Sales of servers in Asia grew 6.5 per cent in the fourth quarter of 2001 compared to the previous quarter, rising to 152,065 units, with most major markets in the region experiencing a rebound in sluggish sales, according to figures from market analyst Gartner.
The rebound was achieved without the usual strong IT growth in China. After a strong third quarter, when China was preparing for World Trade Organisation (WTO) entry, server sales in China grew just 3.4 per cent in the fourth quarter, to 63,602 units.
Australia remained the second-largest server market in the Asia-Pacific, posting 21.2 per cent growth in the fourth quarter to record sales of 16,941 units. Sales growth was also strong in India and South Korea, but Taiwan, Hong Kong and Singapore failed to show a significant rebound.
For the full year of 2001, server sales in Asia-Pacific (excluding Japan) grew 6.6 per cent to 576,048 units, buoyed by strong 19.4 per cent growth in China. Outside China, server sales in 2001 were 1 per cent lower than in 2000, with particularly sharp drops being experienced in Taiwan and Singapore. Some of the smaller markets, such as Thailand, Malaysia, Indonesia, New Zealand and Vietnam, showed strong sales growth through the year.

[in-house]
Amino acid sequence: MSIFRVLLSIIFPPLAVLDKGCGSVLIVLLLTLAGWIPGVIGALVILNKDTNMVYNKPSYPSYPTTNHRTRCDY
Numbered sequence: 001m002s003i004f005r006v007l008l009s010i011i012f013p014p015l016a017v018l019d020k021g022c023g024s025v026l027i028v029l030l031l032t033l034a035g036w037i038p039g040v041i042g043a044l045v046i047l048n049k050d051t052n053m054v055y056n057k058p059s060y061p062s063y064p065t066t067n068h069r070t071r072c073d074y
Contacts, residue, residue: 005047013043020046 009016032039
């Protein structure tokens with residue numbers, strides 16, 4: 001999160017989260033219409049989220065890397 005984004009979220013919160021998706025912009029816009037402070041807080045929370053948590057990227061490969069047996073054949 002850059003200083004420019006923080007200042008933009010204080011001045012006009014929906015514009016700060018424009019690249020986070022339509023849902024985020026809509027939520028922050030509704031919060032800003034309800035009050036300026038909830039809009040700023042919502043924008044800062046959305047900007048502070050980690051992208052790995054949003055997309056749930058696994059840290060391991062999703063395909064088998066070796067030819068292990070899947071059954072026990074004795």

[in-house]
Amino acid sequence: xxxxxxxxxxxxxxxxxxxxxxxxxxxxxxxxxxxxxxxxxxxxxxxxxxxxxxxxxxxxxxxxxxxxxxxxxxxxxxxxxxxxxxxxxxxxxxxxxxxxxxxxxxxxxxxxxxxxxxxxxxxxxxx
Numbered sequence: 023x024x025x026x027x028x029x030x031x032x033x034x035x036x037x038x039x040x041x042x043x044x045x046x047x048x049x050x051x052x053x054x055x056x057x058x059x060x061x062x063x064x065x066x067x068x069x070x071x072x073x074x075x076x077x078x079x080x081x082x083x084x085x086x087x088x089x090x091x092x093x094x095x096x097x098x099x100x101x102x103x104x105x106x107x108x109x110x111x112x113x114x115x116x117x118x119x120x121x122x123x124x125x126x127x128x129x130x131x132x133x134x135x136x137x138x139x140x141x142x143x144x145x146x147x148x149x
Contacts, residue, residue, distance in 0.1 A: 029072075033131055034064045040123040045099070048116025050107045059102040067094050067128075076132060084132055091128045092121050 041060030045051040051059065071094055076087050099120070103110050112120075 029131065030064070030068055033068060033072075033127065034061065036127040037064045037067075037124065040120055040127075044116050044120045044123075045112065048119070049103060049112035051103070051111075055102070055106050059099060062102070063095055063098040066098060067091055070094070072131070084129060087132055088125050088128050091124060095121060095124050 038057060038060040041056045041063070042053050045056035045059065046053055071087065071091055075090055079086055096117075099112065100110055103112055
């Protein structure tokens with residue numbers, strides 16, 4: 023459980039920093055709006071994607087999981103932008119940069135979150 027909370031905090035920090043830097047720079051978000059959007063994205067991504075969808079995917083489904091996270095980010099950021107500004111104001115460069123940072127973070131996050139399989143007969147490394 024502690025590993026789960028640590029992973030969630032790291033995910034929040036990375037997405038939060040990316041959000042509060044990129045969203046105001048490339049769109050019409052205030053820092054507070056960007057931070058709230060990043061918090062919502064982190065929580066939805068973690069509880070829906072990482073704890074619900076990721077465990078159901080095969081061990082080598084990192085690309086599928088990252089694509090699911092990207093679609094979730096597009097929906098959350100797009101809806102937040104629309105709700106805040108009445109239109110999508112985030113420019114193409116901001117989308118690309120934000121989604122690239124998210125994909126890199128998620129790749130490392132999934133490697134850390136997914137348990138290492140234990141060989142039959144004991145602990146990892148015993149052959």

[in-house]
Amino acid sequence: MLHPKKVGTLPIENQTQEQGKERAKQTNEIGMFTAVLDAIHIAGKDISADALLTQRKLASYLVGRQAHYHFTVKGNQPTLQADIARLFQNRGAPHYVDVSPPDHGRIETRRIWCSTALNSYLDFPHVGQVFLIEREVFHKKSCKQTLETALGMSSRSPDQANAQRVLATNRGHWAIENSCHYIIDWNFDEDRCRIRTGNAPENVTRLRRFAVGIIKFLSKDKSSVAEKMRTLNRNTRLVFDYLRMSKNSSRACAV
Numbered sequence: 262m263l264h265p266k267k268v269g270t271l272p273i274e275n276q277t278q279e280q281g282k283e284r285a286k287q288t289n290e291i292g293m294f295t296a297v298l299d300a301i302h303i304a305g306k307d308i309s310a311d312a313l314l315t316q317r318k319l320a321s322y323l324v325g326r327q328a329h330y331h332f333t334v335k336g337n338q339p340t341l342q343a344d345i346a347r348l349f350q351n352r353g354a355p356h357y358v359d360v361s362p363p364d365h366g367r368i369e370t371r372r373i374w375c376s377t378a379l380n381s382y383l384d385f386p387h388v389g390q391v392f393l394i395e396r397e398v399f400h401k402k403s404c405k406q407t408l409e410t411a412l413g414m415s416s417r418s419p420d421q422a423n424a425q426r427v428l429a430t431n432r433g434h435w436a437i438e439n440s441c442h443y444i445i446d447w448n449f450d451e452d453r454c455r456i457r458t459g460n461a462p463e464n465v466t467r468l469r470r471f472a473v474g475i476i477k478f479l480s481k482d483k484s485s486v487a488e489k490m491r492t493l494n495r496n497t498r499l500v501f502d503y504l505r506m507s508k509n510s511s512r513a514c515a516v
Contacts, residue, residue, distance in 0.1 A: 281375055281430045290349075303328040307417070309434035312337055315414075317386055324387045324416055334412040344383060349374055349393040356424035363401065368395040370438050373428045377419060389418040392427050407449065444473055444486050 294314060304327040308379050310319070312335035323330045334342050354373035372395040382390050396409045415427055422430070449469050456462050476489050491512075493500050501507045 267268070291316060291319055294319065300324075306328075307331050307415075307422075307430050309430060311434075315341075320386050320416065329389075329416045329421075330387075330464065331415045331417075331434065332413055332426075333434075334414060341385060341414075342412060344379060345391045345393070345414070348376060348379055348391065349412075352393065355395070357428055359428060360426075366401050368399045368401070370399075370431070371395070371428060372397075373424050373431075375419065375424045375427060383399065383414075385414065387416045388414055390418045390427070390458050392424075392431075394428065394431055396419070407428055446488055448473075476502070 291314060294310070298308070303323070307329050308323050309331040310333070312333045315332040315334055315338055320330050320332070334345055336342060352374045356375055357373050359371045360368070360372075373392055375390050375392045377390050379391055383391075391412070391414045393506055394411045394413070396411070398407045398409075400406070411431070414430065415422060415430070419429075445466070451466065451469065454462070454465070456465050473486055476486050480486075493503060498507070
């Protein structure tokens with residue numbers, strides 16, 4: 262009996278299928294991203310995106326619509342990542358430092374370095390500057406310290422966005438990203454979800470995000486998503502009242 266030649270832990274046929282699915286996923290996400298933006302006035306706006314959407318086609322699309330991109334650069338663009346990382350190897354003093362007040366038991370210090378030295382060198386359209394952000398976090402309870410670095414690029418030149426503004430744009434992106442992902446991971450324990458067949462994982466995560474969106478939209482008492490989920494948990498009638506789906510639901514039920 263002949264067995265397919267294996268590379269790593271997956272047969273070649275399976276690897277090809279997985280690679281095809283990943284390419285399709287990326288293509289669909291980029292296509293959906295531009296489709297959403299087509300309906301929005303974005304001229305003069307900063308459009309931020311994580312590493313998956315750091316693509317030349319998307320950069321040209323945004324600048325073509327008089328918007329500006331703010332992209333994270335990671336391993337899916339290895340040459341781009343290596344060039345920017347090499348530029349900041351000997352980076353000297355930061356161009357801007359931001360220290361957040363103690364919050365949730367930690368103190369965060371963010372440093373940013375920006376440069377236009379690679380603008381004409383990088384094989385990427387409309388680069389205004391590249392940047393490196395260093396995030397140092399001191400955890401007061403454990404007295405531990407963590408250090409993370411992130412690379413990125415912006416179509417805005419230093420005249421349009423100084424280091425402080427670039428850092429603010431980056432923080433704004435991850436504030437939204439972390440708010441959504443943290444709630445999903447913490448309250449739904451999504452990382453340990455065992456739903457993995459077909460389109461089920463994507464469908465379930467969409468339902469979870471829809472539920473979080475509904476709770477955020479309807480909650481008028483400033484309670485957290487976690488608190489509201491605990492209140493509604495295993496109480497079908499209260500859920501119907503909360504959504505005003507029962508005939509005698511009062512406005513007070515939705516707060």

Some larger server systems such as Sun's F15K and IBM's Regatta P690 began to appear in the region late in the year, creating an imbalance between unit sales growth and revenue growth. In Singapore, for example, fourth-quarter unit sales were 34 per cent lower than in fourth-quarter 2000, while server revenue grew 3 per cent over the same period.
IBM remains easily the largest server vendor in the region, with a 38.1 per cent market share. Hewlett-Packard, Compaq and Sun were the only other vendors with a market share above 10 per cent. For sales of Intel-based servers, Compaq just edged out IBM for the top spot with a market share of 19.8 per cent.